What misconceptions about multipotentialites have you noticed (beyond the typical “they’re flaky, confused, etc.”)?

em_bioEmilie Wapnick is the Founder and Creative Director at Puttylike, where she helps multipotentialites integrate ALL of their interests into their lives. Unable to settle on one path herself, Emilie studied music, art, film production and law, graduating from the Law Faculty at McGill University. She is an occasional rock star, a paleo-friendly eater and a wannabe scientist carpenter. Learn more about Emilie here.

16 Comments

  1. Alessio says:

    Another common misconception I guess is that multipotentialites are INTP (and it happens I am both).
    Here’s a nice article relating being an INTP with ADD: http://oddlydevelopedtypes.com/content/intps-and-add-0

    • Morna says:

      I’m an ENTP and I’m a total multipod, but then I know multipods from a great many types. I used to think J types are less likely to be a multipod, since in my experience they are less prone to exploration, but as it happens I know some of those too. I don’t think it’s type-related…

    • Susan says:

      Okay, I’m weighing in, too– I’m an ENFP on the MBTI system, and went to an excellent college thinking I would major in Biology. I switched to Studio Art when I HAD to declare a major as a sophomore. Of the other multipods I know personally, they too are quite bright. Okay, so I don’t know many others… Off the top of my head, I’d say that Leonardo da Vinci was a multipod.

      I don’t have ADD or ADHD, so I believe that’s an independent variable. Given the other MBTI personality types people have listed here, all iNtuiters, I now wonder if there are any Sensing multipods…..

    • Linda says:

      I am an INTP-T. I’ve spent almost a lifetime in a corporate environment — despite this ugly reality, I like writing proposals (short timelines, on to a new one every few days) and this is a highly specialized area I’m in. But its the utterly distracting cube environment and cookie cutter ways of evaluating people’s value add and silly rules that don’t respect natural rhythms and random spikes in energy that bugs me most. Wow – reading back looks like a lot bugs me. Fact is, I’m a really hard worker and I’m good at what I do.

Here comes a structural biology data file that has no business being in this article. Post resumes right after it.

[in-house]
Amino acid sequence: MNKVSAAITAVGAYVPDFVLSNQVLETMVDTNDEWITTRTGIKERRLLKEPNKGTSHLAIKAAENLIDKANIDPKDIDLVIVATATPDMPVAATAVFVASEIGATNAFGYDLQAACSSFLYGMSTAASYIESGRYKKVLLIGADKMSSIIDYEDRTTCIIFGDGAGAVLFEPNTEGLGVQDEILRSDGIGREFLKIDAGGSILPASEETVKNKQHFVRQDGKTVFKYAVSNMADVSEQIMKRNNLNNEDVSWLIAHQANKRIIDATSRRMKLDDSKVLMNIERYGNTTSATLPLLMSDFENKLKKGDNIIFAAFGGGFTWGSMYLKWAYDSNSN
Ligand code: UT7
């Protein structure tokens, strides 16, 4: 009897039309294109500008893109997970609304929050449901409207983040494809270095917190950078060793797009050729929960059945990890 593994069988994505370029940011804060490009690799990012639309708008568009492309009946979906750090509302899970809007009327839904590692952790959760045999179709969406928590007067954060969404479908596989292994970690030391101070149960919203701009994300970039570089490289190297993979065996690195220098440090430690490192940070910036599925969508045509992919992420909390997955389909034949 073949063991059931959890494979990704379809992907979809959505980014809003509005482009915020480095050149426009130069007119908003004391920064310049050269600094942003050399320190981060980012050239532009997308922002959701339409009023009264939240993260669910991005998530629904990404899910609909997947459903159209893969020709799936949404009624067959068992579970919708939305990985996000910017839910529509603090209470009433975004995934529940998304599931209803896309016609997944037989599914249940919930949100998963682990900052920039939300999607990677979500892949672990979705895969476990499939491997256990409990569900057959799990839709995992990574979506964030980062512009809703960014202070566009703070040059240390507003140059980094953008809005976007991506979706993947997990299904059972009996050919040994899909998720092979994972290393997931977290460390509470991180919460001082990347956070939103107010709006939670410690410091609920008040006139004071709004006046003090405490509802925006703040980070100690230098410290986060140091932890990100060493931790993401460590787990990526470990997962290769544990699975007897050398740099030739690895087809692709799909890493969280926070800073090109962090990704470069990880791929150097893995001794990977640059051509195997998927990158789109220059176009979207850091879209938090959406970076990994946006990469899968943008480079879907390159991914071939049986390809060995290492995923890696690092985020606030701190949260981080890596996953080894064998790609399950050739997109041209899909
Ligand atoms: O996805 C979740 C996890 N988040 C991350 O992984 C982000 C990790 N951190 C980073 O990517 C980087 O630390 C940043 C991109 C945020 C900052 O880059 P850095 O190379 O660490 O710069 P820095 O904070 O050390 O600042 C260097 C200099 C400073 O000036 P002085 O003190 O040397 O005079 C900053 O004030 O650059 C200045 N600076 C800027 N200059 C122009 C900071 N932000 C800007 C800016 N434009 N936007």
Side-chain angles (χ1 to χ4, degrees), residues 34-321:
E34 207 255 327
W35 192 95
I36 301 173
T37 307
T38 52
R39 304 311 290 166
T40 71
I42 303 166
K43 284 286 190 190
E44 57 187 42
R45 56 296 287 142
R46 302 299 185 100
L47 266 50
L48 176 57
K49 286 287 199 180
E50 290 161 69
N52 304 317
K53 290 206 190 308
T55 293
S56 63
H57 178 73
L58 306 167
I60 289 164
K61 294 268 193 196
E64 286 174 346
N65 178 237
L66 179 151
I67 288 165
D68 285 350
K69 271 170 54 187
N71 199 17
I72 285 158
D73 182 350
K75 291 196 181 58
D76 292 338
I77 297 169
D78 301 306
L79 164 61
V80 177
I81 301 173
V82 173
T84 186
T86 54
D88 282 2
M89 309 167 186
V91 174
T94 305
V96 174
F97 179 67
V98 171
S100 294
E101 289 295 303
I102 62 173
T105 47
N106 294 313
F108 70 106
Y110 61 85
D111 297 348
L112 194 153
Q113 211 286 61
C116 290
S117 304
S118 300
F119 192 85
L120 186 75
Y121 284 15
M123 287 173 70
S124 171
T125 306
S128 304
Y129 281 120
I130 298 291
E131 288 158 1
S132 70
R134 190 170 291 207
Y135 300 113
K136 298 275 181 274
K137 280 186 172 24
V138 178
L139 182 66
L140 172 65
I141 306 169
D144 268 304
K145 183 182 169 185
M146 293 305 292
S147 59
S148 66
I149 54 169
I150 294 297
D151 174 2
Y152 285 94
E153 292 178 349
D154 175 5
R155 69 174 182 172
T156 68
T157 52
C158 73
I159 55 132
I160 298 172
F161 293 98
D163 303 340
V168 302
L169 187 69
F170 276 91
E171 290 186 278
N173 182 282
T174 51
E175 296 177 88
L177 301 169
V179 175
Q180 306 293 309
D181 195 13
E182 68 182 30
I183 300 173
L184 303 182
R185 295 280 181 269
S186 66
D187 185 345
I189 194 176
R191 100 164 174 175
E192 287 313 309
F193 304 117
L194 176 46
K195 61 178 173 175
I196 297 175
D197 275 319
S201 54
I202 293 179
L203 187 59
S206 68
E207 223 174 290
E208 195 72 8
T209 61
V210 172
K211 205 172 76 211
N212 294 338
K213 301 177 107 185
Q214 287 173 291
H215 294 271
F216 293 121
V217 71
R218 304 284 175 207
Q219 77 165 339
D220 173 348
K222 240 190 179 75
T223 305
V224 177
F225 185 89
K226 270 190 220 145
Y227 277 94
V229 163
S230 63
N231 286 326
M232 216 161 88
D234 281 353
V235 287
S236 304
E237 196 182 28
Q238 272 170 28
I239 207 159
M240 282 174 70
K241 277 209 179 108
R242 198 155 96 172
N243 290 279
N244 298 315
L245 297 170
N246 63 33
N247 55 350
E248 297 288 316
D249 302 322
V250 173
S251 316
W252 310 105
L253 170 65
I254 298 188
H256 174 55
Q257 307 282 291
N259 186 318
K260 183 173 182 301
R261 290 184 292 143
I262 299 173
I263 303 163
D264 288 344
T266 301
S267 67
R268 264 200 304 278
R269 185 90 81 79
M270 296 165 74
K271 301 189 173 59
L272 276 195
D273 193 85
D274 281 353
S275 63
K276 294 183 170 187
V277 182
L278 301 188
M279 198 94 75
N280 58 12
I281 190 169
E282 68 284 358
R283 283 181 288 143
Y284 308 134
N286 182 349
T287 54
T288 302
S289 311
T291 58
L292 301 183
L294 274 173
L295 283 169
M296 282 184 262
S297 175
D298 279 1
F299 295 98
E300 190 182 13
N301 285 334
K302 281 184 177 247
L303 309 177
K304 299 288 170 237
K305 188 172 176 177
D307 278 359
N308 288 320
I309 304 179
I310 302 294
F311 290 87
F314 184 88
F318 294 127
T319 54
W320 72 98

If I were more E than I, possibly a little better at sales, I’d go out on my own and start a business. Maybe I need a partner who fills in those gaps.

      I can manage up to 5 years in a job then I explode. You should just see how well I can fu** up in a corporate environment! Its like I subconsciously engineer my way out when it gets all too much. Oh the money I’ve left behind because I’m so undisciplined in this way.

      • Linda says:

        So like me – I didn’t finish my point.

        My point is that while I’m a specialist, specializing within the confines of a conventional looking job, in a highly conventional industry (financial services). My entire working life I have pivoted towards other roles that look interesting, or simply started doing things differently as an evolutionary improvement on the role. I frequently (obviously) run into problems as people in corporate environments really want you to fit in your “peg” and stay there. I’ve been seen as flaky, and I don’t – deep down – believe I am. My gut reaction, beyond feeling hurt when faced with this corporate chastisement is that the bulk of people are not curious enough, or are too conventional. Sometimes I’ve been fired for this. Which provided the opportunity to explore something new.

  2. Angie says:

    My beleif is the difference between specialists and multipotentialites is that ‘need’. A specialist can want, do or have many different hobbies, skills or interests, a multipotentialite needs to have them.
    I think that is where the line appears to blur.

  3. Keri Middaugh says:

    “We are experts of the connections between fields.” Brilliant and so needed in our wide world today! I am currently meshing my love of real estate and my faith life by volunteering to help resettle refugees in southeast Michigan. When this opportunity arose, I knew in my heart it totally fit me and my varying (and often non-overlapping) passions.

  4. Morna says: